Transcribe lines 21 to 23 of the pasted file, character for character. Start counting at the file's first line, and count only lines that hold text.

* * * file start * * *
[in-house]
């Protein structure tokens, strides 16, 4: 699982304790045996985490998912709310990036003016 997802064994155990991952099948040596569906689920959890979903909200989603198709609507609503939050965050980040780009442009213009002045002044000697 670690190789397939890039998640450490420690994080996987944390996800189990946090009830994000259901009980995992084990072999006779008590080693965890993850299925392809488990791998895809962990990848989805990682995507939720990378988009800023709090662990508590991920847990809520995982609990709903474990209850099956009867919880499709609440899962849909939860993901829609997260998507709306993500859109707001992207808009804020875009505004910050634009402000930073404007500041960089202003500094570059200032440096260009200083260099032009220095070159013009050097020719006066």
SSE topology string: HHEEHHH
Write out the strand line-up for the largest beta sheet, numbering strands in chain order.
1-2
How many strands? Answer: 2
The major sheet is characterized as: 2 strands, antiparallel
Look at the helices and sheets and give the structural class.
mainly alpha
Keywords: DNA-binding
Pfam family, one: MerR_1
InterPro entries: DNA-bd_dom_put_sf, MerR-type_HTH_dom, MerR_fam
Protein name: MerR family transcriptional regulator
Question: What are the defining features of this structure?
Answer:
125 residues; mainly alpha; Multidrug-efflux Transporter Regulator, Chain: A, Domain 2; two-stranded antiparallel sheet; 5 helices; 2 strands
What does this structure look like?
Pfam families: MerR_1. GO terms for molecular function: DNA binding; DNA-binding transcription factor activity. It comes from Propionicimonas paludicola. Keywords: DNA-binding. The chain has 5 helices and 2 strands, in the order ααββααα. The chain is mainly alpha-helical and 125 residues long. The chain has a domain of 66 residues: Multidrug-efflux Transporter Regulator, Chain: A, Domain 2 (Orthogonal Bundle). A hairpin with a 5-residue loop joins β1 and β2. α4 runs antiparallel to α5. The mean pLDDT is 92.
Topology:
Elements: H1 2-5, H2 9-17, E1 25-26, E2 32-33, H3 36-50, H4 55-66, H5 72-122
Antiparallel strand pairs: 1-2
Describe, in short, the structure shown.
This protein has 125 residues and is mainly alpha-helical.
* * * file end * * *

Antiparallel strand pairs: 1-2
Describe, in short, the structure shown.
This protein has 125 residues and is mainly alpha-helical.